Okay, just "why" do you like or collect khukuris?

May 18, 1999
Okay, just "why" do you like or collect khukuris?

And how many of you came here out of curiosity or just to buy one
"real" or "good" khukuri?

When I first came to the H.I. Forum I really did want a "real" kukri as that's the only way I knew how to spell the word. And I knew Absolutely Squat about them, still do for that matter.

After reading for a while and asking the same question we have seen so many times ( about which one should I get?) I decided on an 18" AK, but Uncle Bill had already sent me a 15" AK thinking it would suit me like it has so many others.
I felt is was a bit too small for me and it didnt exactly match up with my image of what size a "real" khukuri should be, so I gave it to Barb and soon after got my 18" AK. The 18" AK fits me perfectly and matched the size pretty close to the 1st "real" khukuri I ever saw and what I thought a "real" one should be like.

And something happened (HIKV) and suddenly I had a few more and then more until I now have about 20 with only 4 not being H.I.Model's
but either the junk India kukri's or the old WW II model I got from John Powell.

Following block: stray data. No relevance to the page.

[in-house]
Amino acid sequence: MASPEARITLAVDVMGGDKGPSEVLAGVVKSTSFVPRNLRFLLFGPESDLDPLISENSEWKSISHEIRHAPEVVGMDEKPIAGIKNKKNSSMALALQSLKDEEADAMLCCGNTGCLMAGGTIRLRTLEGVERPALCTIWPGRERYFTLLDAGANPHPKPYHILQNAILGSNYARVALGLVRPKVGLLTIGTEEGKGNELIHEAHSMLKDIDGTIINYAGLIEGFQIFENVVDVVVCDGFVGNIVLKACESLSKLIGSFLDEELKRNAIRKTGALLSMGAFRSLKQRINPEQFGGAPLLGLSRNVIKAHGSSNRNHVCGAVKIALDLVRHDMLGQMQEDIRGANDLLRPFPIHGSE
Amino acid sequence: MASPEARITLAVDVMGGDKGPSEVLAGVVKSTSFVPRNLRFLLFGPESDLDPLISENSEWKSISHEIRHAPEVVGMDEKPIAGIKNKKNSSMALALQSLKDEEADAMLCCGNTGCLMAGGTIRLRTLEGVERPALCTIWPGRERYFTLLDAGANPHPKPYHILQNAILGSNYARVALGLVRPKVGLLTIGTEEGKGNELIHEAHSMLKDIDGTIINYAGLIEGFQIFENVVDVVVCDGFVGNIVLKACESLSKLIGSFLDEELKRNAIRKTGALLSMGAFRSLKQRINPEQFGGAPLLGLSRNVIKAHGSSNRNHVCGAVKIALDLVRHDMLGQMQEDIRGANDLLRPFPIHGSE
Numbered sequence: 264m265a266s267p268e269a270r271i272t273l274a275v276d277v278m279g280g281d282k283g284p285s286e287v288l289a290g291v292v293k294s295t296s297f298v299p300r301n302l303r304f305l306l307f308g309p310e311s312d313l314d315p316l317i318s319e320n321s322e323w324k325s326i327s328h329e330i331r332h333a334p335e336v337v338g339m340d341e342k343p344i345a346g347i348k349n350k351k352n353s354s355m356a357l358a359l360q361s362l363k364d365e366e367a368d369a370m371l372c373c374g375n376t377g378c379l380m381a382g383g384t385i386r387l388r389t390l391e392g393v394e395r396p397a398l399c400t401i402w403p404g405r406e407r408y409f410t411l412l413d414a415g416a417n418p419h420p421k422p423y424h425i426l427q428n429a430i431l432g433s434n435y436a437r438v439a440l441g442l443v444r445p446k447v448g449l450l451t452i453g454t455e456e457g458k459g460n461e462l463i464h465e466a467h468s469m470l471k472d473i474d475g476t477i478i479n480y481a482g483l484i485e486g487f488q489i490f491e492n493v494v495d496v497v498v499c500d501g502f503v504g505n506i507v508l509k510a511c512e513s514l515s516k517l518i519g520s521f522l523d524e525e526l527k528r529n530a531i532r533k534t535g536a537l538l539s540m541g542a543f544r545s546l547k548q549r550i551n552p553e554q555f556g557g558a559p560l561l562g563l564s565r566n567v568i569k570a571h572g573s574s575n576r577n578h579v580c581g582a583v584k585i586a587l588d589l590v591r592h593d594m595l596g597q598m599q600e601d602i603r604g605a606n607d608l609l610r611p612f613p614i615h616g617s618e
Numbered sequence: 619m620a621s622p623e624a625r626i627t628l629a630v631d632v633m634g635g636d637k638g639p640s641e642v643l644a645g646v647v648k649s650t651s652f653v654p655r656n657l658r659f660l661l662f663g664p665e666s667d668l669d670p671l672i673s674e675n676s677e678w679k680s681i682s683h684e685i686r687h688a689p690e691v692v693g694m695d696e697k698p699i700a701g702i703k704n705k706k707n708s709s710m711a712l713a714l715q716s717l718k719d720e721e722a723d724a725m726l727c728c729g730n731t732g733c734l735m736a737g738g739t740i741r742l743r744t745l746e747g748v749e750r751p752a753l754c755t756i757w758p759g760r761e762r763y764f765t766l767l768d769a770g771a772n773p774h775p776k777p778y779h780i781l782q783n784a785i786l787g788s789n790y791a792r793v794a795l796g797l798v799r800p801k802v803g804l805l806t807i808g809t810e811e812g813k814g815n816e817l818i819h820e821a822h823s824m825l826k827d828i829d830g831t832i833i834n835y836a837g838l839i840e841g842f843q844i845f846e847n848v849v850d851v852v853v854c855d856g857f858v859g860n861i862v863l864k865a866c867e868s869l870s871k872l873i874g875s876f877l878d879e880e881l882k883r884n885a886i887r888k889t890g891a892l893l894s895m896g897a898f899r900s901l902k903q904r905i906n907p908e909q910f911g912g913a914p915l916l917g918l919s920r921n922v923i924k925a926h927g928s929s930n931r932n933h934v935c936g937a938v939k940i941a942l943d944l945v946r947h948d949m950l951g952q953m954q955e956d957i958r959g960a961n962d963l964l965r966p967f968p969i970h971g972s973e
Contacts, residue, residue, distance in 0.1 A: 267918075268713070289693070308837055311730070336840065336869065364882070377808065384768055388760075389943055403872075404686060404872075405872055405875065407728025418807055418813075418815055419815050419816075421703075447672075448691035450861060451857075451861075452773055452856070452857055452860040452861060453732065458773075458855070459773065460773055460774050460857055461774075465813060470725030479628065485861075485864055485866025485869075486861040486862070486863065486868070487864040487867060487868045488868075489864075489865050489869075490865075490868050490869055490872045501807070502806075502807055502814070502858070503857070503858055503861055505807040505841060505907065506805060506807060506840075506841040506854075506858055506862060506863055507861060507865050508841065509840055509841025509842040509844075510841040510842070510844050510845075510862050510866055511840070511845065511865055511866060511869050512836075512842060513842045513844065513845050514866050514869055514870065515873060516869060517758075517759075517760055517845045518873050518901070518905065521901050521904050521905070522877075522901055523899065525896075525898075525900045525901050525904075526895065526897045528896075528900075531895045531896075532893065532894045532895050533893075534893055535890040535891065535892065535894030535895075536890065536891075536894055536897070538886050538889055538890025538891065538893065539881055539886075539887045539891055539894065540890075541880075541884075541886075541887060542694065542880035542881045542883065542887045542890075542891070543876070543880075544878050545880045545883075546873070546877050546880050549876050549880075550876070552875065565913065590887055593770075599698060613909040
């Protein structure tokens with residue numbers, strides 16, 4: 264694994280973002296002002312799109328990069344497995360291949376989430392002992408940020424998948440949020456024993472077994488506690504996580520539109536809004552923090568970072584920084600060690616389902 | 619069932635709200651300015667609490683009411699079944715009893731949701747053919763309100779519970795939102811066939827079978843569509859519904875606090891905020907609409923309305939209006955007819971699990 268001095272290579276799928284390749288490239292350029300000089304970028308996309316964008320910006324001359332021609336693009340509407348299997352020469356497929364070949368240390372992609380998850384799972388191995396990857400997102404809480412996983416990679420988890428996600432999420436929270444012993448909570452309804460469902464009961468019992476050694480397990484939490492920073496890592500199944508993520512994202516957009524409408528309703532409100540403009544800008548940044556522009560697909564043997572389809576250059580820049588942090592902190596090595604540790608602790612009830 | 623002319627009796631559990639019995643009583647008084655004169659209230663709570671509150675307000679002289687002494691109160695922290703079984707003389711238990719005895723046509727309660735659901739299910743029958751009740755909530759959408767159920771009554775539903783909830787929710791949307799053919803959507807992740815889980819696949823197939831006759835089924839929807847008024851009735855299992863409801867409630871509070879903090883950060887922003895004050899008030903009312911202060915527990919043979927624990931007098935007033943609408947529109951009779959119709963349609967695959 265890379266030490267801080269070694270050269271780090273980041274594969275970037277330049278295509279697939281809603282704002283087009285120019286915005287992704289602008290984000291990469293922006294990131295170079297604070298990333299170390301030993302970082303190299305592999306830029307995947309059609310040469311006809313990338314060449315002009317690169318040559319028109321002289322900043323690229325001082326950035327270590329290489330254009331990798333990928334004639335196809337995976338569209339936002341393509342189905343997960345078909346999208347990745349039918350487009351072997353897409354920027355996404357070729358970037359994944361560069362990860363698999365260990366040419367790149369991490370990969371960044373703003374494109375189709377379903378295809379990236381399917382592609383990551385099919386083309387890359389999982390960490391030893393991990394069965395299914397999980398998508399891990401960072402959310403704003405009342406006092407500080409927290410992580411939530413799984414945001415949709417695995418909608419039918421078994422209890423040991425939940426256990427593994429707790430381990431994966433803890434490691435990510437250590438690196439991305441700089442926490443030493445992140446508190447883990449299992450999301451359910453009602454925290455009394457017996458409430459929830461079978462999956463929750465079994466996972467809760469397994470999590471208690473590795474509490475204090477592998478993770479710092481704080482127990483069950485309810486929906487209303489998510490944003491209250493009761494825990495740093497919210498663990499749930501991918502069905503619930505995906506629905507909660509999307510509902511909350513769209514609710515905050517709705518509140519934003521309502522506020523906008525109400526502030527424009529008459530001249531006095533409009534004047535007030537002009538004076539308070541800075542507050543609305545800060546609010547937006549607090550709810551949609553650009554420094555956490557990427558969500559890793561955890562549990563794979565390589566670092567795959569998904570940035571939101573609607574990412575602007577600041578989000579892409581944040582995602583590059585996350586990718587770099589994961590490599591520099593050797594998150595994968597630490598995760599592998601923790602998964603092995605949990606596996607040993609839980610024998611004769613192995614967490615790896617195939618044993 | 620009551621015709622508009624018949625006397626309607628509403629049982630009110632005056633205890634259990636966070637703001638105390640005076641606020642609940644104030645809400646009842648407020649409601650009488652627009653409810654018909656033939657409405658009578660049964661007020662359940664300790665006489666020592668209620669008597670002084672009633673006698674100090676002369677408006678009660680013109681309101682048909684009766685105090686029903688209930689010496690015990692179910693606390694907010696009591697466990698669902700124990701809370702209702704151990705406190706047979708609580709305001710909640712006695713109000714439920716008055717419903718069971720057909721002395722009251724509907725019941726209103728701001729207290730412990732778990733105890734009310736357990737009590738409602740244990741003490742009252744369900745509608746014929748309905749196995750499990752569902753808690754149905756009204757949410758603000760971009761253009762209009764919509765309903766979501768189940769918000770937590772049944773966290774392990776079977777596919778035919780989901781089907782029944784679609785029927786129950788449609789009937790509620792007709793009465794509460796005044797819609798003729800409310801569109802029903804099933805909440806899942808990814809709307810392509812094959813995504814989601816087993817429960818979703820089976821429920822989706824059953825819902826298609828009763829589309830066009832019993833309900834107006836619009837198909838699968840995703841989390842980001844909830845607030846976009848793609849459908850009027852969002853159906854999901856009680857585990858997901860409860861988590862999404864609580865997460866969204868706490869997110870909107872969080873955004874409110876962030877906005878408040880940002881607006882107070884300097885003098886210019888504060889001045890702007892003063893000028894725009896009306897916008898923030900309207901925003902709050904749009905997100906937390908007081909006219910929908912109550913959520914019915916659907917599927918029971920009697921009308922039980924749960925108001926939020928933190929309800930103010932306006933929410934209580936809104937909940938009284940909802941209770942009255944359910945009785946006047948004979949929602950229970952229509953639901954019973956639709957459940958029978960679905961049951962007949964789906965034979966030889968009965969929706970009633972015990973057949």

A very few like the 27" Bura made Banspati and the Hanuman Special I bought as an investment and to have and enjoy whether I get the full amount or not if I ever decide to get rid of them. I believe I can and will if the time comes.

I have at some time or the other used or at least carried all the rest of them.

1 - I have always liked exotic shaped knives from all over. And still do, having in my collection a couple of Keris, a Sundang, a couple of curved bladed knives from Morocco, an African(?) Leaf bladed Sword, a Navaja, a German Flame Dagger, a Mexican knife and a couple of junkers from here and there.
And would have many others if the funds permitted.

2 - I came here 1st out of curiosity and to buy one or two
"real" khukuris. (After I found out the H.I.Khukuri's were/are the real deal.)

3 - I wound up collecting H.I.Khukuri's because each one has a different "feel" and are somewhat task specific as each one will accomplish many tasks, being very versatile, but really shines at one, IMO.

4 - The "Mystique" and wondering how a new model will compare with an existing khukuri I already have. In other words taking the elusive search for the
"perfect" knife to the search for a "perfect" khukuri. Truly HIKV at its best!!!!!!!